History

Historical notes: The Annandale (Johnston Street) underbridge was constructed in c1920-21 as the final part of the Metropolitan Goods Line linking the Darling Harbour Goods Yard with the Rozelle Yard. The Metropolitan Goods Line served as a separate rail system for freight trains so they could move independently of the passenger services but could also link into the four main lines (north, west, south and Illawarra) at specific locations. A large marshalling yard was built in the middle of the Metropolitan Goods Line network (at Enfield) to centralise the interchange of freight traffic. The separation of goods traffic had been an ongoing concern for the railways since the 1880s, when the Darling Harbour Goods Yard was established. It continued to be an issue as freight train movements increased through the early years of the twentieth century.

The completion of the goods line was directly associated with the Sydney Harbour Trust's completion of the Pyrmont (Jones Bay) wharfs, which were considered the most up-to-date and advanced in the port, with rail lines running along each of the wharfs. The goods line provided a continuous loop connection through Central Station Yard, Darling Harbour Goods Yard and the Pyrmont wharfs, with connections to Rozelle Yard, White Bay and Glebe Island. In this period, Sydney Harbour was the main port for NSW and the goods line provided a direct connection between rural Australia, growing wheat and wool and mining coal, and the ships carrying the goods to export markets. Imported goods arriving on the docks were back-loaded onto the empty trains for distribution around the state. Work began on the line around 1910 with the goods line from Rozelle to the northern end of Darling Harbour completed and opened for traffic on 23 January 1922.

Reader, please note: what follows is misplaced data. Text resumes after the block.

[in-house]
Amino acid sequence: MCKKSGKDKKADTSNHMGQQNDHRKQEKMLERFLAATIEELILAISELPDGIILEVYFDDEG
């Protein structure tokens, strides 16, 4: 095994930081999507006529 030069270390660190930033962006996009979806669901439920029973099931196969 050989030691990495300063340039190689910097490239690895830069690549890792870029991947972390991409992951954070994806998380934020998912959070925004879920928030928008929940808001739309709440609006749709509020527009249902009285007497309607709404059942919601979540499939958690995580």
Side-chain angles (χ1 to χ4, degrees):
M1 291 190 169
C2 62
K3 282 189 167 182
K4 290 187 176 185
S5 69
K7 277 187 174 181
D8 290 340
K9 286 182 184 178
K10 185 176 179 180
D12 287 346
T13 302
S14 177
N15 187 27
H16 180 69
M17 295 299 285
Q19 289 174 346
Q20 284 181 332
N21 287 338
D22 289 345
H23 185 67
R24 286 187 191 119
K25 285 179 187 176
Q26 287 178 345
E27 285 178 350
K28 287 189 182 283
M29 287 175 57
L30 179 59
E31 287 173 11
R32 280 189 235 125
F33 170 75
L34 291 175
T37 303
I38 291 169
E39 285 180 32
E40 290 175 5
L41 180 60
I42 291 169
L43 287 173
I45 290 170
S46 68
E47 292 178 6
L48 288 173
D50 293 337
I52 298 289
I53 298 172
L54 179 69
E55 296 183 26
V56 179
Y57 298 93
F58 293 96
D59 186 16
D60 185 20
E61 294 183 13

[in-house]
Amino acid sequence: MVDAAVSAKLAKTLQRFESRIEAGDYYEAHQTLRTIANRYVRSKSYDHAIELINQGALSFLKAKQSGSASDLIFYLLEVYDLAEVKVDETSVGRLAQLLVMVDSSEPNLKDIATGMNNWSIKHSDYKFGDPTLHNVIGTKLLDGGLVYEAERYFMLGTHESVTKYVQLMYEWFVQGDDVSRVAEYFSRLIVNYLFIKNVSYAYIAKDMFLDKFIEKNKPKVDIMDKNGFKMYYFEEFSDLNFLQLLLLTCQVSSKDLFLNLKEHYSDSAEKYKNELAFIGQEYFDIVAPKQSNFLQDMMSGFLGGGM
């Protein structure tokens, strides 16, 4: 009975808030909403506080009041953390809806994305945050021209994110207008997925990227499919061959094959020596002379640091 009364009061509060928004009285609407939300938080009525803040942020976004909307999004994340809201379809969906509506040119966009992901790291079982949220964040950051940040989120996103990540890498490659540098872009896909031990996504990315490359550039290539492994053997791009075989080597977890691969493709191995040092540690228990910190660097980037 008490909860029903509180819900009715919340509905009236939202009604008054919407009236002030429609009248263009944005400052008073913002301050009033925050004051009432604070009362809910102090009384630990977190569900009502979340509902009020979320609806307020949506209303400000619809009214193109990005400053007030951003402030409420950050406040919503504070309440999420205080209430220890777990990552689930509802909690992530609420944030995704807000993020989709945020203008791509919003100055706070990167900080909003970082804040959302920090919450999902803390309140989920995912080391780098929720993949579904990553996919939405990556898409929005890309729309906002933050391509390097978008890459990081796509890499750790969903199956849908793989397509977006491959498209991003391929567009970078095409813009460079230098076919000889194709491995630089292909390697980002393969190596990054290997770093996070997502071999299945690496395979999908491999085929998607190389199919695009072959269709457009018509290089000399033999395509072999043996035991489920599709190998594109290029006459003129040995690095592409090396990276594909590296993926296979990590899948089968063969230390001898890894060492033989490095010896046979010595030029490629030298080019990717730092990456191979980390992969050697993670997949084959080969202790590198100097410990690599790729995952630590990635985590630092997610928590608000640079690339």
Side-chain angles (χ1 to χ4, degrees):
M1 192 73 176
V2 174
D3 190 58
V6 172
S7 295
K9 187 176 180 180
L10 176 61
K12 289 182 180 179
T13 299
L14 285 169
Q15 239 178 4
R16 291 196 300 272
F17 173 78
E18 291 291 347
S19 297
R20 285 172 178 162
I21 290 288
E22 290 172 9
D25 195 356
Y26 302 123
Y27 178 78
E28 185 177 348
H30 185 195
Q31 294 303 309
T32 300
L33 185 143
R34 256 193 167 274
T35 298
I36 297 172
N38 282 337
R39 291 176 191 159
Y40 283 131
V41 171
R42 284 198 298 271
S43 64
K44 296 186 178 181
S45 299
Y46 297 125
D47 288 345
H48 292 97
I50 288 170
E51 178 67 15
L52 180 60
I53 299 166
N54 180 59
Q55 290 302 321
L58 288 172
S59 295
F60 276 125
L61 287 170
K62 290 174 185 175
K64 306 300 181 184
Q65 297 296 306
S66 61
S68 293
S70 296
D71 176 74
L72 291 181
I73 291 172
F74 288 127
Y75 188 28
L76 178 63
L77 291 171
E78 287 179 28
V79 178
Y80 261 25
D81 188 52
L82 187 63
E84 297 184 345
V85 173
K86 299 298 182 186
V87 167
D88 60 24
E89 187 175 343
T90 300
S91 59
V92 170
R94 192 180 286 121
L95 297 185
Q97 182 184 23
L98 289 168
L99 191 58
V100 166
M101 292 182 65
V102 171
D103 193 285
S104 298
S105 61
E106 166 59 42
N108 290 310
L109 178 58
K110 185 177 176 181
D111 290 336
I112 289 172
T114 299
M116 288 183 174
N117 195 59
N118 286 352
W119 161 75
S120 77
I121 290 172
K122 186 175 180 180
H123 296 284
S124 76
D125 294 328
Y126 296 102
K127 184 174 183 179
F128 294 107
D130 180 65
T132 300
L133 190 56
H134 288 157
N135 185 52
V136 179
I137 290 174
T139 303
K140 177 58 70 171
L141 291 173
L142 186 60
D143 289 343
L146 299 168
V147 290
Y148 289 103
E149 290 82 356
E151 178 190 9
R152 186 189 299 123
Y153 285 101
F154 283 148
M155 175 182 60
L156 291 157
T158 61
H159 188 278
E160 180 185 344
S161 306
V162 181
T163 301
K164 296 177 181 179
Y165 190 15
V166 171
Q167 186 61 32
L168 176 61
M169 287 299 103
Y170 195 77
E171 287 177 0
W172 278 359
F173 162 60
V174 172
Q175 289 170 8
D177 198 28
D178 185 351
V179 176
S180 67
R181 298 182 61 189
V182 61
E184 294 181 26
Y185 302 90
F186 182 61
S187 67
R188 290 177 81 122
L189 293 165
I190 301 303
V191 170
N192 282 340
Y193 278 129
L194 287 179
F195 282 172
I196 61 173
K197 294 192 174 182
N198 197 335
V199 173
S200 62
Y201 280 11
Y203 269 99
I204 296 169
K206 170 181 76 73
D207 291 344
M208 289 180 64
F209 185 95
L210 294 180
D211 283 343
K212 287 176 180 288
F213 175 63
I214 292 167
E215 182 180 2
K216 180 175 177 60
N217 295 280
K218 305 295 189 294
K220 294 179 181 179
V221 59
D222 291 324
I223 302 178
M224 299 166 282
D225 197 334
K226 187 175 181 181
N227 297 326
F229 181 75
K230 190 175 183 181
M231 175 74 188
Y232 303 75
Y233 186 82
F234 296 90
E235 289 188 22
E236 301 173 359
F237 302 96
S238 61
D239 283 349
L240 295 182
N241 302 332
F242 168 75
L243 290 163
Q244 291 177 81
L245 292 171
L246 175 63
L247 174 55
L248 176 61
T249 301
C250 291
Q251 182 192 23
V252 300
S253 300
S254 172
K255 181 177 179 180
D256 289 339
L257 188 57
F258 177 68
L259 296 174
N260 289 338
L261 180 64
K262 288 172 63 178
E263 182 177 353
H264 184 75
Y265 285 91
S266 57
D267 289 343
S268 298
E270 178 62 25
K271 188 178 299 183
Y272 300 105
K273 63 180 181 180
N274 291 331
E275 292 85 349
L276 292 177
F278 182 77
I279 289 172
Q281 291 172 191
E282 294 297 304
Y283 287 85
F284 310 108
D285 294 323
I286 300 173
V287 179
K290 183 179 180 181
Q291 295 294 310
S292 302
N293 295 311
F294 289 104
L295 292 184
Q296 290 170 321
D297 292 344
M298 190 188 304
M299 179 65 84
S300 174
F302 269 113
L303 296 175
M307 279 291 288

Between Darling Harbour and Rozelle a series of underbridges, viaducts and tunnels were constructed to carry the line through the suburban landscape. At the time of the goods line project, railway bridge engineers had standardised the span-ranges for the three most common types of riveted steel bridges to be used in NSW: plate-web girder spans from 40 to 80 feet (12 to 24m), half-through truss spans with no overhead bracing from 80 to 120 feet (24 to 37m), and full-height trusses with overhead bracing for spans 120 feet or more. The widths of streets crossed by the goods lines were such that only plate-web girders and half-through trusses were necessary. The bridges were all designed for loads much greater than contemporary use so as to be long-serving structures as rail traffic loads and speeds increased over time.